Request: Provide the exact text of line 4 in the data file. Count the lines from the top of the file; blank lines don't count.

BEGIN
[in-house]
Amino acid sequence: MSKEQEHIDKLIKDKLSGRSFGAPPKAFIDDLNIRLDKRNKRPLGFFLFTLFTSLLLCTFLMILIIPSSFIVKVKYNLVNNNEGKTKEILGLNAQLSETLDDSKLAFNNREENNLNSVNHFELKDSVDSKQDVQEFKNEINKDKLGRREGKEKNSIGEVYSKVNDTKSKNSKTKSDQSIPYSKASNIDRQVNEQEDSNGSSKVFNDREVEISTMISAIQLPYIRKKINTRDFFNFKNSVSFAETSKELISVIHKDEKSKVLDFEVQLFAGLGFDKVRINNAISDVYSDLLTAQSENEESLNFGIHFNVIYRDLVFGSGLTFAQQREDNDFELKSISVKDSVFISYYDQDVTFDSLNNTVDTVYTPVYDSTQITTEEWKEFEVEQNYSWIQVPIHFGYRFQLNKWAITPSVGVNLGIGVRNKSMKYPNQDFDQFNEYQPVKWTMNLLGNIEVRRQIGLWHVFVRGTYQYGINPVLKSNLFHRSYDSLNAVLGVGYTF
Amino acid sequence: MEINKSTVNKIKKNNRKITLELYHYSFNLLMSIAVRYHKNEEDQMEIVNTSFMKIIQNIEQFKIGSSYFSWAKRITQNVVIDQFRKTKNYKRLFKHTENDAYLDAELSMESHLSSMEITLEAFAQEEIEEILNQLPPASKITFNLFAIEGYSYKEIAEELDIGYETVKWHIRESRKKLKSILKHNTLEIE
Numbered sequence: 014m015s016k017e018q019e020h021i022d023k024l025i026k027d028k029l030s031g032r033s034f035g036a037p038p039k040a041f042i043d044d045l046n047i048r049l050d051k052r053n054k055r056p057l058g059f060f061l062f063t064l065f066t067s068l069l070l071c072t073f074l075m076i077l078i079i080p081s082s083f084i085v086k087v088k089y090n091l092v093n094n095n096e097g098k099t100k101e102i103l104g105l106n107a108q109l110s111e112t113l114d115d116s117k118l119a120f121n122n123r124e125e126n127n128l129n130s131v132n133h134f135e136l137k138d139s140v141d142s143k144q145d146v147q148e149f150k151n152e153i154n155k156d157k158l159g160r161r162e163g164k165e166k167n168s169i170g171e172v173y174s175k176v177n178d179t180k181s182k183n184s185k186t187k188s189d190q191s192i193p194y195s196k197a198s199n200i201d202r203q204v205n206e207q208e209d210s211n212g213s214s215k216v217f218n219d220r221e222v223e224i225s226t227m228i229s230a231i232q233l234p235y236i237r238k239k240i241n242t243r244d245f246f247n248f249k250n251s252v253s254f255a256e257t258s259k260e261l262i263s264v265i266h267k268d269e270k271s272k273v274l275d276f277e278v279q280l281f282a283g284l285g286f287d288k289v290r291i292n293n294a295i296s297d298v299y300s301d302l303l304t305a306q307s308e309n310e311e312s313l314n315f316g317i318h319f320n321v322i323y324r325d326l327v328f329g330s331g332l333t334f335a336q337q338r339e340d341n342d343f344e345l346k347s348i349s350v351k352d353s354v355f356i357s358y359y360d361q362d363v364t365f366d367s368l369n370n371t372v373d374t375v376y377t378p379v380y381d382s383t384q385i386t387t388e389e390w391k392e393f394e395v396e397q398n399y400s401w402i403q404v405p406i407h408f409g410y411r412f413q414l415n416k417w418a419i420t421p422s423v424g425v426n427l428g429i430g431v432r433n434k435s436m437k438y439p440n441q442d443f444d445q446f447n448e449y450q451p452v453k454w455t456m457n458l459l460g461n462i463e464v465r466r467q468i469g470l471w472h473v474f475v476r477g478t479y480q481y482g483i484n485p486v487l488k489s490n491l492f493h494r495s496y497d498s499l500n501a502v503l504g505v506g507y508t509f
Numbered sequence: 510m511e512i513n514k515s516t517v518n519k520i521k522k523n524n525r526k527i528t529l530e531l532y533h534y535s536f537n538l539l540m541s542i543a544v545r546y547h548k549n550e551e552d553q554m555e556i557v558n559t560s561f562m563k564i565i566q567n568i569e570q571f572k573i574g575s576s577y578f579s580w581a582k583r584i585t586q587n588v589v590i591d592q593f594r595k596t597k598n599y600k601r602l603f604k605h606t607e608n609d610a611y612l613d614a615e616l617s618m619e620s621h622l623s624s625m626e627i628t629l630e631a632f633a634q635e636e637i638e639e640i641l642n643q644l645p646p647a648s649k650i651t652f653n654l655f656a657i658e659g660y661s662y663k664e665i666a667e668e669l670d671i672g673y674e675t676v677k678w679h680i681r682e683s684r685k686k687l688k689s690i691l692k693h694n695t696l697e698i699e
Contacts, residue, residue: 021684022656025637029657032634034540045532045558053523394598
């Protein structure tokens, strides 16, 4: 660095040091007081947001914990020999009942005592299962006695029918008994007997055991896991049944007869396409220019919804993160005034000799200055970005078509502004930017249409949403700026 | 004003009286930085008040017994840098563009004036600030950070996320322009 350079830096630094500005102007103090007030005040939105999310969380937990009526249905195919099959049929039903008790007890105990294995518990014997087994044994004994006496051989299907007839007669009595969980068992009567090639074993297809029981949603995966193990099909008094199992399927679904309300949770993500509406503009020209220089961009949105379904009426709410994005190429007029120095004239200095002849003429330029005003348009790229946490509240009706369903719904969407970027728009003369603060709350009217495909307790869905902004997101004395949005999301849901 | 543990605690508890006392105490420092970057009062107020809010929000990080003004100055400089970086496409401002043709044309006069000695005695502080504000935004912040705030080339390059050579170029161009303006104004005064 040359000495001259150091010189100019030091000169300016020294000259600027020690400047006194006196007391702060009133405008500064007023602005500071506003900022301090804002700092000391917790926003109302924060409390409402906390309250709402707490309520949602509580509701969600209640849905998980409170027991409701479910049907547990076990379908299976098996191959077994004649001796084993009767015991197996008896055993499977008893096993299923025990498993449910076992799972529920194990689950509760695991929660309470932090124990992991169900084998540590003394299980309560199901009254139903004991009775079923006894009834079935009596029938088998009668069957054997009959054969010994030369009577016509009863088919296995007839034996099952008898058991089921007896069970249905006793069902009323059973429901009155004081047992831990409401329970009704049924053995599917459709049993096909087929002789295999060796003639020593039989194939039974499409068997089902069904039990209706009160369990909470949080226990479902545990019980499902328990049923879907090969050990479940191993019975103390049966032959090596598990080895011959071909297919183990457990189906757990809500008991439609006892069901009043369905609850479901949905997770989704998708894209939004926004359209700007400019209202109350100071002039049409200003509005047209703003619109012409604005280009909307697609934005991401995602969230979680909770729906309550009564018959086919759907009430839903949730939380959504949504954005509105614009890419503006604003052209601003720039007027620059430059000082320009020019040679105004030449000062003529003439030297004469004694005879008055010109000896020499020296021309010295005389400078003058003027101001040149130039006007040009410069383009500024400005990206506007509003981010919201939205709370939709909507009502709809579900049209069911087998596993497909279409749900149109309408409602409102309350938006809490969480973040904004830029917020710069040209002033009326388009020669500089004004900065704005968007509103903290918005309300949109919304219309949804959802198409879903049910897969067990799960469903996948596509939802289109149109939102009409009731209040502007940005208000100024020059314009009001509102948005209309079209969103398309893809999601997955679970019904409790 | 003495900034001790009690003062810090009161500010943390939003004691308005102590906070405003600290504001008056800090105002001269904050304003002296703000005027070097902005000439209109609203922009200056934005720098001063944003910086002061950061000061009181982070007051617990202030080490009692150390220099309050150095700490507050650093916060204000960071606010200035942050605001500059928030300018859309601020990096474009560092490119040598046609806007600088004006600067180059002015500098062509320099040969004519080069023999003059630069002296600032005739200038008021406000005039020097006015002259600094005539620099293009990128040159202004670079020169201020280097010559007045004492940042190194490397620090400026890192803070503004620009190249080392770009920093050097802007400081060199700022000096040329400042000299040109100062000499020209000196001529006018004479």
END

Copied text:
Numbered sequence: 014m015s016k017e018q019e020h021i022d023k024l025i026k027d028k029l030s031g032r033s034f035g036a037p038p039k040a041f042i043d044d045l046n047i048r049l050d051k052r053n054k055r056p057l058g059f060f061l062f063t064l065f066t067s068l069l070l071c072t073f074l075m076i077l078i079i080p081s082s083f084i085v086k087v088k089y090n091l092v093n094n095n096e097g098k099t100k101e102i103l104g105l106n107a108q109l110s111e112t113l114d115d116s117k118l119a120f121n122n123r124e125e126n127n128l129n130s131v132n133h134f135e136l137k138d139s140v141d142s143k144q145d146v147q148e149f150k151n152e153i154n155k156d157k158l159g160r161r162e163g164k165e166k167n168s169i170g171e172v173y174s175k176v177n178d179t180k181s182k183n184s185k186t187k188s189d190q191s192i193p194y195s196k197a198s199n200i201d202r203q204v205n206e207q208e209d210s211n212g213s214s215k216v217f218n219d220r221e222v223e224i225s226t227m228i229s230a231i232q233l234p235y236i237r238k239k240i241n242t243r244d245f246f247n248f249k250n251s252v253s254f255a256e257t258s259k260e261l262i263s264v265i266h267k268d269e270k271s272k273v274l275d276f277e278v279q280l281f282a283g284l285g286f287d288k289v290r291i292n293n294a295i296s297d298v299y300s301d302l303l304t305a306q307s308e309n310e311e312s313l314n315f316g317i318h319f320n321v322i323y324r325d326l327v328f329g330s331g332l333t334f335a336q337q338r339e340d341n342d343f344e345l346k347s348i349s350v351k352d353s354v355f356i357s358y359y360d361q362d363v364t365f366d367s368l369n370n371t372v373d374t375v376y377t378p379v380y381d382s383t384q385i386t387t388e389e390w391k392e393f394e395v396e397q398n399y400s401w402i403q404v405p406i407h408f409g410y411r412f413q414l415n416k417w418a419i420t421p422s423v424g425v426n427l428g429i430g431v432r433n434k435s436m437k438y439p440n441q442d443f444d445q446f447n448e449y450q451p452v453k454w455t456m457n458l459l460g461n462i463e464v465r466r467q468i469g470l471w472h473v474f475v476r477g478t479y480q481y482g483i484n485p486v487l488k489s490n491l492f493h494r495s496y497d498s499l500n501a502v503l504g505v506g507y508t509f